In family ministry, there are relationships with parents, kids, teens, volunteers, and an array of leaders. All of those relationships are managed and cultivated differently. All the relationships are important but how we care for them varies. How we care for, or steward relationships, is a reflection of the value we place on what God […]
In family ministry, there are relationships with parents, kids, teens, volunteers, and an array of leaders. All of those relationships are managed and cultivated differently. All the relationships are important but how we care for them varies. How we care for, or steward relationships, is a reflection of the value we place on what God has given. Stewardship is the opportunity to take what was created by someone else and influence what happens to it next. It’s the opportunity to make something increase or decline based on how it is treated. Stewardship is a great responsibility with the potential for incredible rewards if it is done diligently with knowledge and wisdom. In leading various aspects of family ministry, it is essential that solid stewardship practices influence how we leverage relationships to have maximum impact. Stewarding relationships in ministry requires relational stewardship, exponential stewardship, and plans for outside forces that impacts crop production.
Relational stewardship respects the purpose of the creation. Stewarding, or investing in relationships requires discernment into the receiver’s overall capacity. Everyone was created with different talents, gifts, passions, and personalities. Stewarding people requires using discernment to tap into their make-up and provide training and growth opportunities that are in line with the way they were created. Stewarding people takes the person God created and helps them grow even further in the way they were designed. Discernment is essential so that people are aligned correctly with what God created them to produce. Relational stewardship requires making the best usage out of how someone was created for the growth of themselves and the ministry. High capacity individuals should be empowered and taught to handle larger areas so that they can cultivate to the level for which they were desired to work. Individuals that are people-oriented should be put in areas that allow them to pour into people. Task-oriented individuals are great when it comes to setting goals, deadlines, and the routes to meeting them. Relational stewardship is also willing to make the hard decisions and redirect people who can better produce in different fields. Relational stewardship takes seriously the responsibility to align people with their gifts so they can be who God created them to be. Relational stewardship thinks people-needs first and ministry-needs second.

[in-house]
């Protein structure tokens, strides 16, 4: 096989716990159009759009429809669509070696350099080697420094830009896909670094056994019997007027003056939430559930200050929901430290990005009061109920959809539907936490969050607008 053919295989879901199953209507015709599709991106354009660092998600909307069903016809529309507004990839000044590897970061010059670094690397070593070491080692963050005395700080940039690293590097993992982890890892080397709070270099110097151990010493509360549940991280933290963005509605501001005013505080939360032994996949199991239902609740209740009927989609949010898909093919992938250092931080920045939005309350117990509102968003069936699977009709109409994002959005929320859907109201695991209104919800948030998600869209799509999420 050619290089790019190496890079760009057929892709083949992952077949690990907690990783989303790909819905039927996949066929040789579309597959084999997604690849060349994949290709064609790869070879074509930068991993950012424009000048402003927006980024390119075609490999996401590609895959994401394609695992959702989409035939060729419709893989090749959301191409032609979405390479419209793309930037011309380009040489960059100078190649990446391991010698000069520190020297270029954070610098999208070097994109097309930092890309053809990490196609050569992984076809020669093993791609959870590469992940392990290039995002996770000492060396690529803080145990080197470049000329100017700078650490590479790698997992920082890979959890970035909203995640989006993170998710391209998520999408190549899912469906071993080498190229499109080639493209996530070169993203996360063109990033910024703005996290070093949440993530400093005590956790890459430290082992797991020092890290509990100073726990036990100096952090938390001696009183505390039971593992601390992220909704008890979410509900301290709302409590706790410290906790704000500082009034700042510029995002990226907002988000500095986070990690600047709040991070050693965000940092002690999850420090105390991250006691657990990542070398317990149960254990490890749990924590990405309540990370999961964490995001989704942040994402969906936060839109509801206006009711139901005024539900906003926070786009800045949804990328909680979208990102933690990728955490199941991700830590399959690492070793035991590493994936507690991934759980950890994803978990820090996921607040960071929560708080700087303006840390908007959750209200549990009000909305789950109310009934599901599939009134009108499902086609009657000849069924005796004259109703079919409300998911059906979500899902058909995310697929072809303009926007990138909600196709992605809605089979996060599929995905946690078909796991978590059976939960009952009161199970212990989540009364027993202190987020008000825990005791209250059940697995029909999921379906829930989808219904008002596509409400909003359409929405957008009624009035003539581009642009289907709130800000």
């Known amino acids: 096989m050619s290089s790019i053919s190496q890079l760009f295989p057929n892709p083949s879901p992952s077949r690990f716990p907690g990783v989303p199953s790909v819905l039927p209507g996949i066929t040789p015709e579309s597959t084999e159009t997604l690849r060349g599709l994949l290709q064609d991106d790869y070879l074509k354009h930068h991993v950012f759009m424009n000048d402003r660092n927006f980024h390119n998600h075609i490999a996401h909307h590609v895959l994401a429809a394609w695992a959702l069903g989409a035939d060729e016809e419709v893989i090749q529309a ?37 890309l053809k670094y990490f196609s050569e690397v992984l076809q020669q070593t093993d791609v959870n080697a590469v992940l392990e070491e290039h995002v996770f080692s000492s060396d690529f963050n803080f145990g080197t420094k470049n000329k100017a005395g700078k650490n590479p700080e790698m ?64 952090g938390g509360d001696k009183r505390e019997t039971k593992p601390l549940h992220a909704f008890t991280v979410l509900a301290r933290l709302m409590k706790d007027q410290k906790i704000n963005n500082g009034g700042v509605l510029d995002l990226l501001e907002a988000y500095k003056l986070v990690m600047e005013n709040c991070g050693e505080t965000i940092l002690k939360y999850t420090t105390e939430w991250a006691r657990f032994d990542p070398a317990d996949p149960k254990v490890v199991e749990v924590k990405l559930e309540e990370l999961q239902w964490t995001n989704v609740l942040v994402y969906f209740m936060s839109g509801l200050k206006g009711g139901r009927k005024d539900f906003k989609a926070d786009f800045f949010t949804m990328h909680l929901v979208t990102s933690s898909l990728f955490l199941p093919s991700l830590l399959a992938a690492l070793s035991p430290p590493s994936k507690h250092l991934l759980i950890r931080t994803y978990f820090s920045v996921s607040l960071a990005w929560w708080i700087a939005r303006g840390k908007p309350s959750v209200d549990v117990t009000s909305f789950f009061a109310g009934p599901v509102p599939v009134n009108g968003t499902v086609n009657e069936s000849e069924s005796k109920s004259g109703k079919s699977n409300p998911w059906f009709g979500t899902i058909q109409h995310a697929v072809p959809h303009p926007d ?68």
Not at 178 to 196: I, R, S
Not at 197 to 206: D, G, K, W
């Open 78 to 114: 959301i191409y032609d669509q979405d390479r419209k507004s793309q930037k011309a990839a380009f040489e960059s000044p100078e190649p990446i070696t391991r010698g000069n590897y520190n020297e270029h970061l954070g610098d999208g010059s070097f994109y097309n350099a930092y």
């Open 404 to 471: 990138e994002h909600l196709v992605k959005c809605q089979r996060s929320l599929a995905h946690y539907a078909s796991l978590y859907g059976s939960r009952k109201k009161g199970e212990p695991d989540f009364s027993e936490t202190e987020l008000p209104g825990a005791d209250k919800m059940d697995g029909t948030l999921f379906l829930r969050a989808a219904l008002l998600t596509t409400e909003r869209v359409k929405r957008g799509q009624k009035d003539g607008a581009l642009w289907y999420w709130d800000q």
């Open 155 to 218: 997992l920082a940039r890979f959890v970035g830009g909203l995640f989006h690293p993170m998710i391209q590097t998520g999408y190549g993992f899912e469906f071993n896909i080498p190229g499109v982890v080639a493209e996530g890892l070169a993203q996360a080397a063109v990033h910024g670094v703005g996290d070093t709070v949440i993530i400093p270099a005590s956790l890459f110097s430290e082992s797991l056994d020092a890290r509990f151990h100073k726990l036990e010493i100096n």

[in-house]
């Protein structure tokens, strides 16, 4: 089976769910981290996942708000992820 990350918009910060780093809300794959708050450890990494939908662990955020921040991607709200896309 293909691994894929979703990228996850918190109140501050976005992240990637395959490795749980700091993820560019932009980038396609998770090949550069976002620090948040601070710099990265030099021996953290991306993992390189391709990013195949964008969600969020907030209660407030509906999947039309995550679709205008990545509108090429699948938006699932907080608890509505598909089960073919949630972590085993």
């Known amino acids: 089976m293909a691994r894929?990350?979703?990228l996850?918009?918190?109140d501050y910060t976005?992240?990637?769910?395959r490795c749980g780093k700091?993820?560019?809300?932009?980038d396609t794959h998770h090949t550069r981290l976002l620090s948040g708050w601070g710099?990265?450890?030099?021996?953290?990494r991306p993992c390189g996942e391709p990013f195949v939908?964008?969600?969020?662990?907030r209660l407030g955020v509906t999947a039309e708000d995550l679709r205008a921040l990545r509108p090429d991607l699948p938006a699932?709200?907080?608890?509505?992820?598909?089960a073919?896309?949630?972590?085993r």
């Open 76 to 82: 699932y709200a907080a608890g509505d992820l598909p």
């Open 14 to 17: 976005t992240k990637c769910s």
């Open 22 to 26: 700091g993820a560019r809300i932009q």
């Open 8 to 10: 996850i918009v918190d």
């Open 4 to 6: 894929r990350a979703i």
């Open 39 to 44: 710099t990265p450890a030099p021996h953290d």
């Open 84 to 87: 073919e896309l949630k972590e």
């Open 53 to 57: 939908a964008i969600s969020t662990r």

Exponential stewardship pours into a few people and then empowers those individuals to pour into more people allowing space and opportunity for exponential contact and growth. Partnering with people, equipping leaders and developing coaches expands the reach of one leader. Jesus spent more time with three disciples then he did with the entire 12. Those three disciples continued to pour into and direct other disciples once Jesus was gone. And then those disciples created thousands of disciples. Exponential stewardship trains and empowers others to lead. It gives leadership away! Coaching people to lead as a part of exponential stewardship empowers others to develop and disciple people at a large rate than any singular person could do. It leads well so that one person can lead others and those others can lead many.
Every farmer knows that planting a crop and reaping a harvest is not always a direct reflection on the skills of the farmer. There are many forces at work that result in how large, small, or non-existent a harvest can be. Stewarding people requires the same outlook. Carrying the responsibility of developing people can be like wearing a wet coat in the summer unless it is carried with the understanding that we are not the Creator. God gives us wisdom and discernment to pour into people that He places in our lives. The grace in stewarding relationships well is understanding that God is ultimately in charge of the crop. We plant, another waters, but we collectively depend on God to give increase (1 Corinthians 3: 6, 9).